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Criminal Matters Involving Large-Scale Methamphetamine Distribution Ring & Conviction for Violating FICA

By FindLaw Staff on August 31, 2010 7:38 PM

US v.Wettstain, 08-5707, concerned a challenge to defendants' convictions for their involvement in a large-scale methamphetamine drug distribution ring and sentences of life imprisonment.  The court affirmed for the most part, but vacated and remanded for resentencing a defendant's life sentence on Counts II and IV and co-defendant's life sentences on Counts III and IV.


In affirming the remainder of the district court's judgment, the court held that there was sufficient evidence from which a rational trier of fact could determine that defendants were involved in a conspiracy to possess with the intent to distribute 500 grams or more of a mixture containing methamphetamine between February 2004 and February 2007.  There was sufficient evidence from which a rational trier of fact could determine that defendants aided and abetted each other to knowingly and intentionally possess with the intent to distribute an unspecified amount of methamphetamine, and that there was sufficient evidence from which a rational trier of fact could determine that defendants knowingly and intentionally possessed with the intent to distribute methamphetamine.  The court also held that district court did not abuse its discretion in denying defendants' motions for a mistrial based on prosecutorial misconduct.  Also, because a juror's letter does not reference any exception recognized in Rule 60(b), the district court properly disregarded his statements, and district court correctly sentenced defendants to mandatory minimum life sentences on Count I.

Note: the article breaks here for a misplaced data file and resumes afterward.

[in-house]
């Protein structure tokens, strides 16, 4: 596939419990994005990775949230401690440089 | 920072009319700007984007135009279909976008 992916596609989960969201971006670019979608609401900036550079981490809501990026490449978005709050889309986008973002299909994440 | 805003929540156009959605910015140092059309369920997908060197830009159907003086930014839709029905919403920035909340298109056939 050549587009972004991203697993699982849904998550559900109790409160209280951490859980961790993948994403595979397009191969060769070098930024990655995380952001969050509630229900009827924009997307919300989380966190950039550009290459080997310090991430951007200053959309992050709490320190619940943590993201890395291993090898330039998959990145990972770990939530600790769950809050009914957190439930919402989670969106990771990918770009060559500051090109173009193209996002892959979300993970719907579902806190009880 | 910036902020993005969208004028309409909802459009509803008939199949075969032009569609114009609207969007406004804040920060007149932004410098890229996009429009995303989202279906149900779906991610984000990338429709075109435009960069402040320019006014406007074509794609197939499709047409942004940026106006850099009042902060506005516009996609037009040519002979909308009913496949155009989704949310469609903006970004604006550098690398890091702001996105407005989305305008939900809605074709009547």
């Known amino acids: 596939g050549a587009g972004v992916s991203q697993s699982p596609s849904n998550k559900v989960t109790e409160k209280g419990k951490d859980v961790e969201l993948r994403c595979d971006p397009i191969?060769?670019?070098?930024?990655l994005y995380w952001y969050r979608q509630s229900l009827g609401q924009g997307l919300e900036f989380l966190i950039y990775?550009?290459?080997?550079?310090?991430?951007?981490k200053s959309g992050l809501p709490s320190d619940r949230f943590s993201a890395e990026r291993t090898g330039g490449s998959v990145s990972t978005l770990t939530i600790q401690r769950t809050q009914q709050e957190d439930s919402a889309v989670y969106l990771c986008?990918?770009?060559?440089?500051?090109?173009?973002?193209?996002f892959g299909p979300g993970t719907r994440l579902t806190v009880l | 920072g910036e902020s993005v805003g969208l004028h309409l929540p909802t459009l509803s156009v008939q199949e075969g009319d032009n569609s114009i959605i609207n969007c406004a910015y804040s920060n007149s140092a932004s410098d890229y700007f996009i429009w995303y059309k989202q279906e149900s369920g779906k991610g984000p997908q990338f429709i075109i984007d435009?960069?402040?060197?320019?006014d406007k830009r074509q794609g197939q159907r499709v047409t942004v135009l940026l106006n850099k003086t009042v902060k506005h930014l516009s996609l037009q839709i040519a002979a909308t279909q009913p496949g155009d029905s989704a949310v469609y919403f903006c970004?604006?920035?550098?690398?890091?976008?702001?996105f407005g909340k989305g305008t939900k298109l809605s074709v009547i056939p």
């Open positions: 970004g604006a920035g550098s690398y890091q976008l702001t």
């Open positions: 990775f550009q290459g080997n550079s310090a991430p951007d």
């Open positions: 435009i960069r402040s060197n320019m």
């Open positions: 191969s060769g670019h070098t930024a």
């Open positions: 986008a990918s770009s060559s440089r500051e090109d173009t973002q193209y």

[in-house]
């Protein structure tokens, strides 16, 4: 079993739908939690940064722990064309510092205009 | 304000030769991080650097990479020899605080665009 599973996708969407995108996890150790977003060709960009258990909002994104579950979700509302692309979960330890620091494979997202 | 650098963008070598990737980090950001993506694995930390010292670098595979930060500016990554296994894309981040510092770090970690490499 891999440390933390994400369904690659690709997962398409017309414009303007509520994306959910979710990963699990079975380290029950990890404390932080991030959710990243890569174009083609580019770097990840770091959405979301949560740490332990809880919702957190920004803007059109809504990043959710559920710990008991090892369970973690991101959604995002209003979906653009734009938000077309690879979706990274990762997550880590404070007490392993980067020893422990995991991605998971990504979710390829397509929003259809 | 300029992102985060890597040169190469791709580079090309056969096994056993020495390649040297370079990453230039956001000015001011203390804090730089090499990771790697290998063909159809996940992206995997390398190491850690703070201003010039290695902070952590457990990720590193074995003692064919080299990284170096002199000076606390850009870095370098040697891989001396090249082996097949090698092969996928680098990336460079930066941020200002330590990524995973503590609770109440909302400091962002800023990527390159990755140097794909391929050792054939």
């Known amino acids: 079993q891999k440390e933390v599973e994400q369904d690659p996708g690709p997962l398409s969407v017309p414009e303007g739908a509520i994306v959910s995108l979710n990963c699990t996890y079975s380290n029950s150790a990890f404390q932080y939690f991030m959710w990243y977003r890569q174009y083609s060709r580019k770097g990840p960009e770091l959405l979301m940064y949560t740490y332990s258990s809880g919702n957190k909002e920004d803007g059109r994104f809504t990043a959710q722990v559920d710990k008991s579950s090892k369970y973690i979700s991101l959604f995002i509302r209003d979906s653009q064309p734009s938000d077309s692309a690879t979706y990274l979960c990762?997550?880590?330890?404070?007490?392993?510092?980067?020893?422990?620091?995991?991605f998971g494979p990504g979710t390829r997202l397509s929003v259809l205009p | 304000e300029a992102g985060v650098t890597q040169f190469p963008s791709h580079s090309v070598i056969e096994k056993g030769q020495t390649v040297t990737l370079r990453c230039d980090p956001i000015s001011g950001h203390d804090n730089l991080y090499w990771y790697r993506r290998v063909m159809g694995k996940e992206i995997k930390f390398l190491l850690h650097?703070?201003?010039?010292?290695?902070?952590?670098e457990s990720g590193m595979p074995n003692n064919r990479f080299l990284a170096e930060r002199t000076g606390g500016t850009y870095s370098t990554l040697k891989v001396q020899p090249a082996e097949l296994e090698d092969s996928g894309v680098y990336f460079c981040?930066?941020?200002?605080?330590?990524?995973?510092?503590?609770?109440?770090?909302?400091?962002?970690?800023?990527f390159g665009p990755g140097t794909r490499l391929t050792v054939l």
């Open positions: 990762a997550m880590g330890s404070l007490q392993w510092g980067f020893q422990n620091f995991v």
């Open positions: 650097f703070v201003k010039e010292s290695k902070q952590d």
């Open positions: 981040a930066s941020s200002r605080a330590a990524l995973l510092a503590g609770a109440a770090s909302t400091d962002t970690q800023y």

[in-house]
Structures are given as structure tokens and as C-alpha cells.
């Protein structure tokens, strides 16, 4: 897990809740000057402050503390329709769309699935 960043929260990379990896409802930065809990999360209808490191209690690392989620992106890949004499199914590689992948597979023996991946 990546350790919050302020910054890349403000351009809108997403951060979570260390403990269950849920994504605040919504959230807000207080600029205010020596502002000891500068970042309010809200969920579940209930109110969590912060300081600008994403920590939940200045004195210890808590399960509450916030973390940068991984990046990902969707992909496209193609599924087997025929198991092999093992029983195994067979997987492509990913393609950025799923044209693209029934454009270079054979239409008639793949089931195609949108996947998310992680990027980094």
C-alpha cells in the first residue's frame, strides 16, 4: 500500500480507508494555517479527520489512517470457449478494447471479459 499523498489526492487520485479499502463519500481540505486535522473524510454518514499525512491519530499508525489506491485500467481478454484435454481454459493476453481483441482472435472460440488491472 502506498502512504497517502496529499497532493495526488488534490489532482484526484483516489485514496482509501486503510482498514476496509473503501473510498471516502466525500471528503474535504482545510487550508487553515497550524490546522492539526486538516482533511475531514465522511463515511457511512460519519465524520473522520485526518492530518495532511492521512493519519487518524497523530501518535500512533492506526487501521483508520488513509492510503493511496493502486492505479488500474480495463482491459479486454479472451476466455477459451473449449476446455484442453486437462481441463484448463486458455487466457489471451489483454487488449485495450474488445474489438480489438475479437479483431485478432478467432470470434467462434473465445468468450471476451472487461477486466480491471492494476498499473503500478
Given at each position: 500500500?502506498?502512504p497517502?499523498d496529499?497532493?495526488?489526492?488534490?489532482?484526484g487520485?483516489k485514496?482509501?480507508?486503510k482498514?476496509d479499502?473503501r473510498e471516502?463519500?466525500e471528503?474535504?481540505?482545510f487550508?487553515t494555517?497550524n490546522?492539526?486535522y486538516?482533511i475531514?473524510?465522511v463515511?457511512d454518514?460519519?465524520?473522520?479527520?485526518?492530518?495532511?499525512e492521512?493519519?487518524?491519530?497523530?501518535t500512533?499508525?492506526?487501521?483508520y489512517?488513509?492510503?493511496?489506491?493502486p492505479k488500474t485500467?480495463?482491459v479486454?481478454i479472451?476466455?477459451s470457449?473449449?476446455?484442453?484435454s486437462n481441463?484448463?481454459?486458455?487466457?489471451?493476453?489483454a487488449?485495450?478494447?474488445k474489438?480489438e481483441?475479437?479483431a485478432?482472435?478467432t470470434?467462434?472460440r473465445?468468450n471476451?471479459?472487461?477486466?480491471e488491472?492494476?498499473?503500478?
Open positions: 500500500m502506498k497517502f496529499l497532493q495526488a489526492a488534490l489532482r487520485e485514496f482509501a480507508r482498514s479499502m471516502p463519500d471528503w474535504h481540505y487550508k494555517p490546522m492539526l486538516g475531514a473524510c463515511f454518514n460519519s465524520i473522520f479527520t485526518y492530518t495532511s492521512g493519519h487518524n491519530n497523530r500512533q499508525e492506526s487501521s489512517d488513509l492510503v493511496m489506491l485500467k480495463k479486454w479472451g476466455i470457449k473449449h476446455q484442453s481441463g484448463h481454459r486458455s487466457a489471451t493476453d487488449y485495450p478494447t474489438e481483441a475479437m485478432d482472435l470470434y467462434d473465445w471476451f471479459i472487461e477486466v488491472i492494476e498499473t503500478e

US v. Blanchard, 09-1284, concerned a challenge to a conviction of defendant for failure to account for and pay over-withholding and FICA taxes and making and causing the making of a false claim for a tax refund.  The court vacated and remanded the district court's restitution order, but affirmed in all remaining respects where: 1) offenses under section 7202 are covered by section 6531(4)'s six-year limitations period; 2) district court did not err in admitting evidence regarding discretionary expenditures; 3) while a defendant's inability to pay taxes when due bears on the willfulness of his act, it is not an element of the offense under 26 U.S.C. section 7202; 4) district court did not err in refusing to give defendant's proposed jury instructions; and 5) sufficient evidence supported defendant's convictions under section 287.

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